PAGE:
My dealer has been very cooperative, also a RTE, but I think he is stumped, I know he has spoken to Customer Services ( administrator ) and that guy has also spoken to a engineer at the main dealership, surely, if this was a function of the car he would not have suggested that I visit the main dealer ( at my cost ) for another test. ! ?. ( or would he ? )

I am still surprised he cannot read the fuel trims.!

What would be of fantastic help would be to find another 04 auto Espace and connect my OBD scanner and compare the data, or somebody with a scanner and get a copy of their log file and of course to hear their experiences, that would settle a lot of things.

My best description of how it drives when cruising would be "lumpy", worst car I have ever owned.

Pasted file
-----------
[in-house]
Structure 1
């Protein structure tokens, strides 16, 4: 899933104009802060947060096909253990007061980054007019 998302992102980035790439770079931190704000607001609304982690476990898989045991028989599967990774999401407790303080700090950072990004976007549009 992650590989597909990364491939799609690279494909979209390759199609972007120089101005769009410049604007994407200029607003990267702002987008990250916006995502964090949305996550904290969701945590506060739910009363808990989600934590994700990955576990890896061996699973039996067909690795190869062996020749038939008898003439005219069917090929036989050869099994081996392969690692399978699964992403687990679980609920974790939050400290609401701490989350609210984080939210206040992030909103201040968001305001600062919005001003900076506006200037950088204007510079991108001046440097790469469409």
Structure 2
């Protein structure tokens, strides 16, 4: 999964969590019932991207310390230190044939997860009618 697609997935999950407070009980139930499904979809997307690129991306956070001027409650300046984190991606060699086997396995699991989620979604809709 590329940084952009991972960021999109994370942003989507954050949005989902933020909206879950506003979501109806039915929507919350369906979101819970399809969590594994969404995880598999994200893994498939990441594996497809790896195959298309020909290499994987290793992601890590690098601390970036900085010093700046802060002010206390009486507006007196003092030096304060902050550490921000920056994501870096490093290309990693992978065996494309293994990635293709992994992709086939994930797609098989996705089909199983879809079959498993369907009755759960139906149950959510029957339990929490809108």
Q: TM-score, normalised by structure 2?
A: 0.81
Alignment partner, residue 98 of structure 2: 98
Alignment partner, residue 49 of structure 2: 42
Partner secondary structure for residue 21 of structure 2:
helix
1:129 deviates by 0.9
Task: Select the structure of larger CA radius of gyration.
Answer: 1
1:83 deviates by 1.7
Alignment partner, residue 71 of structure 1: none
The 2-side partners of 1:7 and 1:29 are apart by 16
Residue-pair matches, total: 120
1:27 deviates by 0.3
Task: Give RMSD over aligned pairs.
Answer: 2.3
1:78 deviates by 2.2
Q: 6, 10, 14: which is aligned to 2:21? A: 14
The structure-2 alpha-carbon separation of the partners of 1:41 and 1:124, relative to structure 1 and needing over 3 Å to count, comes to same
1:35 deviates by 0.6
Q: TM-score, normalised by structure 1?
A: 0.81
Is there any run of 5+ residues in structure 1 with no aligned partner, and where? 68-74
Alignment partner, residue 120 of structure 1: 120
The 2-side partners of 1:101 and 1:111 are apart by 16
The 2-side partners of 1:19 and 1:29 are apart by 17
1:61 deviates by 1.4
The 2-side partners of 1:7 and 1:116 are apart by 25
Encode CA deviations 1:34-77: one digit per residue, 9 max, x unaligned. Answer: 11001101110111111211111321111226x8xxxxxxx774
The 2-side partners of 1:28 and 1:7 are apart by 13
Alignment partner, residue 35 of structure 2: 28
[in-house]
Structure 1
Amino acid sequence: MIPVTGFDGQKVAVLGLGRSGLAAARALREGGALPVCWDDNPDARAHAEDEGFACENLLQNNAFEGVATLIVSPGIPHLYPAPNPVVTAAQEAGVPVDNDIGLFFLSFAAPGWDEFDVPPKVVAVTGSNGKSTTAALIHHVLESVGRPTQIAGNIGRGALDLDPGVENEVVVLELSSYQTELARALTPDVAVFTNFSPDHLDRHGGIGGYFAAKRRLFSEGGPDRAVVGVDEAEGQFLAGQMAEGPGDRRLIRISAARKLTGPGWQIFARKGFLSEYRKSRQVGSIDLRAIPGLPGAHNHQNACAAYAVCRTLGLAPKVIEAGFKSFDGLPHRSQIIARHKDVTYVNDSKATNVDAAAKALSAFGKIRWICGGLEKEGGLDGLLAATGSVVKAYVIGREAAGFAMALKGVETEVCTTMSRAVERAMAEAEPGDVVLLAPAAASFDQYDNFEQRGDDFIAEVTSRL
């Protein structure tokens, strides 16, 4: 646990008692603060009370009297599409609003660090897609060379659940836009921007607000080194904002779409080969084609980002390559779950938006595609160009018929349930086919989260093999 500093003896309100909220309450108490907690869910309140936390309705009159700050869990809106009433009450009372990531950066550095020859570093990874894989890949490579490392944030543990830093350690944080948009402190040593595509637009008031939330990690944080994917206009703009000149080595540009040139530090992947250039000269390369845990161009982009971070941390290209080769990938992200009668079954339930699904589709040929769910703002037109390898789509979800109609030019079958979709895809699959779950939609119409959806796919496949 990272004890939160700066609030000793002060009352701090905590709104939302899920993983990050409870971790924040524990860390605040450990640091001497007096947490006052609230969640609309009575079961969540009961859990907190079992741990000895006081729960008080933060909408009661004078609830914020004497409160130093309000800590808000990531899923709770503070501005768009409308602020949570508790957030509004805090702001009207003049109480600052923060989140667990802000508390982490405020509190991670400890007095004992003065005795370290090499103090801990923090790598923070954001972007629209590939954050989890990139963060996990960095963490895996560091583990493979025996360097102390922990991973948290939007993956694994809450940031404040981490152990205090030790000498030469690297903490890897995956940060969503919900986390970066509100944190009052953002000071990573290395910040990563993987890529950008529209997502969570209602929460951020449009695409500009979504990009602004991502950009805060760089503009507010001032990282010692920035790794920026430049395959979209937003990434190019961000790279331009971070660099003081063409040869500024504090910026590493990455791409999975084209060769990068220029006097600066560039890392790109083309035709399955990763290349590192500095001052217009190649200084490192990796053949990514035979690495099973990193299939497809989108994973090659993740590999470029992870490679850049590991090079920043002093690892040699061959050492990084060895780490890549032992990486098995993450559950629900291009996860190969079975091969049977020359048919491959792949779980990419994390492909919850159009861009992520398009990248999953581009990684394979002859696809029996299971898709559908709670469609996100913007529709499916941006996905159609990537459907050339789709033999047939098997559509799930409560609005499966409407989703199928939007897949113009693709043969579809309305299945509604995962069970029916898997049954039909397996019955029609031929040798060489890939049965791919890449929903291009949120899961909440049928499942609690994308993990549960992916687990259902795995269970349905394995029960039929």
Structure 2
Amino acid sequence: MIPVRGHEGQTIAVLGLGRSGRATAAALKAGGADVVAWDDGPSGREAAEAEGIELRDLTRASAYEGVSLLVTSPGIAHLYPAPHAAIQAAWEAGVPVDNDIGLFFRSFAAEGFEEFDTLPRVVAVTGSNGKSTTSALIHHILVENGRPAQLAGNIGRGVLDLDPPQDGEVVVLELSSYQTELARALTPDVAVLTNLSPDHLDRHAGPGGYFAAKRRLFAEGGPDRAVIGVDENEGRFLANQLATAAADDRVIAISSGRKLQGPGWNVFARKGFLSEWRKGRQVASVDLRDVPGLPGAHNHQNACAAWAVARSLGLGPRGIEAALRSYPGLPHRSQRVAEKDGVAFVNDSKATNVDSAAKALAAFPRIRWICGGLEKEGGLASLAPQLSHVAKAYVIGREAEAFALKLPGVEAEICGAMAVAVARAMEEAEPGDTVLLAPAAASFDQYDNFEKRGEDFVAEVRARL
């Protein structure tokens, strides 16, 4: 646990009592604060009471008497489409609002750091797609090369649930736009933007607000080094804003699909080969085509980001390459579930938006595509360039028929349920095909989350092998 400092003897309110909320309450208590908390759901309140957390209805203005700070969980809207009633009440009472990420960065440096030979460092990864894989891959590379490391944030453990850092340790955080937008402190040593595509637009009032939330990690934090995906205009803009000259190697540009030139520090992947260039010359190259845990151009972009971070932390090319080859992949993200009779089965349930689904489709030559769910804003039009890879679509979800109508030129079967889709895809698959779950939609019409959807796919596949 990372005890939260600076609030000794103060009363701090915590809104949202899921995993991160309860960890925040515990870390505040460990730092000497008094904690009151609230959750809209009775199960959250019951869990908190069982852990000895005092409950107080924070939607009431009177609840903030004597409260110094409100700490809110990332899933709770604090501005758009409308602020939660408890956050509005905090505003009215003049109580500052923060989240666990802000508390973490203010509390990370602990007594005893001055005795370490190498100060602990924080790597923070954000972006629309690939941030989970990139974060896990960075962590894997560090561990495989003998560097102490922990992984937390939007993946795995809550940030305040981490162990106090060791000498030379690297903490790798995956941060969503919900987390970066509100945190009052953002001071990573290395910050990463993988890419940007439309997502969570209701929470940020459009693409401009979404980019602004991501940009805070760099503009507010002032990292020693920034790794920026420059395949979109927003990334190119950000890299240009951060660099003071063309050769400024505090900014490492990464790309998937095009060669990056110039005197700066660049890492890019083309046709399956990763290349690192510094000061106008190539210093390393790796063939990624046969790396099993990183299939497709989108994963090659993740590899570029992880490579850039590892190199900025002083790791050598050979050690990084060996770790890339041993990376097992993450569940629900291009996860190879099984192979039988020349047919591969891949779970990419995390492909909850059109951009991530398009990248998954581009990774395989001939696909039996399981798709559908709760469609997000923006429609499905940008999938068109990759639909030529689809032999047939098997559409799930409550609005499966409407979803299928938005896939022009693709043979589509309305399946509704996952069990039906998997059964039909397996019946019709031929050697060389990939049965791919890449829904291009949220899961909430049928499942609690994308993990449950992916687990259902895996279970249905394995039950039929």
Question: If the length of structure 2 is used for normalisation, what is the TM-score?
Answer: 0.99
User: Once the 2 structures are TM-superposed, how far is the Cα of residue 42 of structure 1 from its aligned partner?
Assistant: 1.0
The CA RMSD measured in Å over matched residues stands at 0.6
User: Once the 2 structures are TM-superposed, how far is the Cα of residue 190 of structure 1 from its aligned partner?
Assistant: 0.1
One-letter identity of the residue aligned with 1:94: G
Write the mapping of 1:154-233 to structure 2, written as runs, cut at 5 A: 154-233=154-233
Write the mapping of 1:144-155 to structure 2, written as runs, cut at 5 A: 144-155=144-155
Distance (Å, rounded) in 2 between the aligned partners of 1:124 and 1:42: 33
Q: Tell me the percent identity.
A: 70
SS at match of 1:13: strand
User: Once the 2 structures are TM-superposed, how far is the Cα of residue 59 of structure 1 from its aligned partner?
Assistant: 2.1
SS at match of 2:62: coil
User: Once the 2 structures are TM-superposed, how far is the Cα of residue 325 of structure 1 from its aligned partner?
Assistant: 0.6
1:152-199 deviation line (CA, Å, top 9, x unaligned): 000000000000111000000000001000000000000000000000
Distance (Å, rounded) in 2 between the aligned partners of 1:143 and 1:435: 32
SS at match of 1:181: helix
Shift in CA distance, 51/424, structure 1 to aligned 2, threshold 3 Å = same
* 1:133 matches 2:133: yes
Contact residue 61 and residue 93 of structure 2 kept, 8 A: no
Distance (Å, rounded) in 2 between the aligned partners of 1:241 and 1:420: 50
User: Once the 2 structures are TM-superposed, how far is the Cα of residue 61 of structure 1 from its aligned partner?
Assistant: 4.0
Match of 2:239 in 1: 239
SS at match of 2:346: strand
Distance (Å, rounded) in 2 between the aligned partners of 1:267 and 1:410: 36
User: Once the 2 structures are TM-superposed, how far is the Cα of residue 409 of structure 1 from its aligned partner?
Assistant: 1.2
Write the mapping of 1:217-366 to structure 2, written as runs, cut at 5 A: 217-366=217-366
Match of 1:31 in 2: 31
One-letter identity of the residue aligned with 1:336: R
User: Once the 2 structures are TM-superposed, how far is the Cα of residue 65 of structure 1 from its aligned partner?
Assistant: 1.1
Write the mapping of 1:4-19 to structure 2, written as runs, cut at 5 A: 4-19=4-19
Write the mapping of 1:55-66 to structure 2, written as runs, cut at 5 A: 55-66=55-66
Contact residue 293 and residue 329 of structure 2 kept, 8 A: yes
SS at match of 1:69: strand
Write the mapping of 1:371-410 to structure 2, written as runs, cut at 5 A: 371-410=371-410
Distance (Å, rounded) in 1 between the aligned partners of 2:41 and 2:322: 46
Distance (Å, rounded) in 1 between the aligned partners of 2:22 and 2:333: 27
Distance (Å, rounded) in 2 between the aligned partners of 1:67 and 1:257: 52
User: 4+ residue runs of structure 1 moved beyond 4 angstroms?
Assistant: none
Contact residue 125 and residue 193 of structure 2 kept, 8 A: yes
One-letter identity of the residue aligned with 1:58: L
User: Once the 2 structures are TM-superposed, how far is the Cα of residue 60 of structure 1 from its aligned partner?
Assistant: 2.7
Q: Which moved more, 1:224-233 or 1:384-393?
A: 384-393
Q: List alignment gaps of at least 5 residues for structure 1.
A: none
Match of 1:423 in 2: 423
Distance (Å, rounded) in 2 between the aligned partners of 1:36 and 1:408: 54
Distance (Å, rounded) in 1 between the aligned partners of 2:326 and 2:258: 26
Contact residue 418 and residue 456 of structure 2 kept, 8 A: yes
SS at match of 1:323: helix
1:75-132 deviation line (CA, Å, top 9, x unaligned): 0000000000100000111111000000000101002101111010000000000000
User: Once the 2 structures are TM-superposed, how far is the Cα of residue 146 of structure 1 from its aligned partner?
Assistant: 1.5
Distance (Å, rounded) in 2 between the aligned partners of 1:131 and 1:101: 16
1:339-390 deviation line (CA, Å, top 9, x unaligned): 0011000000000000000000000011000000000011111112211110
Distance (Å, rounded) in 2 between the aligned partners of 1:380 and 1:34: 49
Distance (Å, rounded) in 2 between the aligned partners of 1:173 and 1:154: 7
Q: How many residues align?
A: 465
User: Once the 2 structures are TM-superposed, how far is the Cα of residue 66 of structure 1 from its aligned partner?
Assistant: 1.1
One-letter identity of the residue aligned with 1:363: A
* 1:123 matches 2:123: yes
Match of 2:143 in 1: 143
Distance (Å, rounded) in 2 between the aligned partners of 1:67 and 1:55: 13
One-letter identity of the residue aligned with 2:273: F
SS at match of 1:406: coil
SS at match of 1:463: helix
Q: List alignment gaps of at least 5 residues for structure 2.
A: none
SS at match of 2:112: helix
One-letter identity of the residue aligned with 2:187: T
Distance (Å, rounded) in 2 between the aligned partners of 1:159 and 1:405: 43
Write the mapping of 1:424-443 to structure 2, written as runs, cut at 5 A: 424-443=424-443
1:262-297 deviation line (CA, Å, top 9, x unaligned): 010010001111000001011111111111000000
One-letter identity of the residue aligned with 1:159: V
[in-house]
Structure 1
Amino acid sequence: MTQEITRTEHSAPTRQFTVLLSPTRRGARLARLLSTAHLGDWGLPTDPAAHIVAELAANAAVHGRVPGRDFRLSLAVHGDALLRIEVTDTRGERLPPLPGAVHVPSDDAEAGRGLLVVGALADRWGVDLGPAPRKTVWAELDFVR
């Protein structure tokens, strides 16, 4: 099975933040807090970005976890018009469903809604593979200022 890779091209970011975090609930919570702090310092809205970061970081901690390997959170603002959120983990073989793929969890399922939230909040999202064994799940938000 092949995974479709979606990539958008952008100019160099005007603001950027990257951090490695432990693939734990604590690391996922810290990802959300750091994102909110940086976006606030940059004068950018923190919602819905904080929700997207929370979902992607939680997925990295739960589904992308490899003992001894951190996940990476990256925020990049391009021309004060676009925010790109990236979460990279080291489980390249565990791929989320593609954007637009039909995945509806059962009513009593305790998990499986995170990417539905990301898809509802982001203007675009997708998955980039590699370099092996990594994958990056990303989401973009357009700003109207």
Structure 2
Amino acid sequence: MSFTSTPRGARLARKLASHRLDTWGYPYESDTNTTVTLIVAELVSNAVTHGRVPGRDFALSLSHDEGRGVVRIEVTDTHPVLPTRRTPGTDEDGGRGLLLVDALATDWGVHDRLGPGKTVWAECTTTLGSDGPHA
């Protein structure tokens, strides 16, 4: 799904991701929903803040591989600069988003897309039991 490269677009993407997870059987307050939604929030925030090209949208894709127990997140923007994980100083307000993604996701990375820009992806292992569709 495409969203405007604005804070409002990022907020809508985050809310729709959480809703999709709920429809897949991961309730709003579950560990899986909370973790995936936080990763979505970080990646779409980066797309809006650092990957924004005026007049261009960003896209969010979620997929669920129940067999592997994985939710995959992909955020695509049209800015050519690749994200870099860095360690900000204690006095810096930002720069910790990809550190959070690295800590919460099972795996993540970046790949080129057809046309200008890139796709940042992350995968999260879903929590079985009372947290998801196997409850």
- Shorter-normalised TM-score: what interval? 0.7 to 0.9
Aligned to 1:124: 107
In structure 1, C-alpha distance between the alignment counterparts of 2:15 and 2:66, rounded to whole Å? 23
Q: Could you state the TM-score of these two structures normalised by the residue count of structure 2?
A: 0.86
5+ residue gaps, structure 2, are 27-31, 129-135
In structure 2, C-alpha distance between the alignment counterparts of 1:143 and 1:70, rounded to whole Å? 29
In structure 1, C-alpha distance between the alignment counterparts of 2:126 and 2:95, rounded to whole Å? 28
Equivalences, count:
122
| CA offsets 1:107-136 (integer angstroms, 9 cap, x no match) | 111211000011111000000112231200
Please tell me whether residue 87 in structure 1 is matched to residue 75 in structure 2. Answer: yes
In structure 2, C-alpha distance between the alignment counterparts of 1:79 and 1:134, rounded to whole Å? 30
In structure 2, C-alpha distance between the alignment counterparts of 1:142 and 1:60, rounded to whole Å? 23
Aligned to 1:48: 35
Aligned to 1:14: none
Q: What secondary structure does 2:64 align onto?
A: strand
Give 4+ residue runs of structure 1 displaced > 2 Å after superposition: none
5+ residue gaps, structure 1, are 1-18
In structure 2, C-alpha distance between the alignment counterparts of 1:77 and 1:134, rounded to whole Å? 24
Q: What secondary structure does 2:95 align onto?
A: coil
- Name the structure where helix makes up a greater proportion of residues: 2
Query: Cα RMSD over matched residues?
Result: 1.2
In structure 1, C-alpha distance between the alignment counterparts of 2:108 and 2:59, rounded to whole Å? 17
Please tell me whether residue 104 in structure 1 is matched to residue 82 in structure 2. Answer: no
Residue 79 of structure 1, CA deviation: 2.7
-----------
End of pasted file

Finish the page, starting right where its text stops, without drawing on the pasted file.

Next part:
And lastly, I have searched and posted stuff in a few places and nobody has reported/replied with a " mine does that "

Les.
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chuffer
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« Reply #4 on: August 24, 2009, 09:16:33 pm »

A note for Tom Stallvik .

Could I please get a copy of the whole file from which you sent me a page ?

Thanks

Les
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roy4matra
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« Reply #5 on: August 24, 2009, 09:32:47 pm »


Hi Roy.

What a breath of fresh air !.

First, I'm in Bridgend, South Wales, where are you  ?

I live in Harrow, but I now work for myself and I'm mobile, so I do get around.  I was in Stoke St.Gregory (near Taunton) on Thursday so it's a pity that I didn't know then.  I could have made a 'slight' detour on my return!

Quote
Second.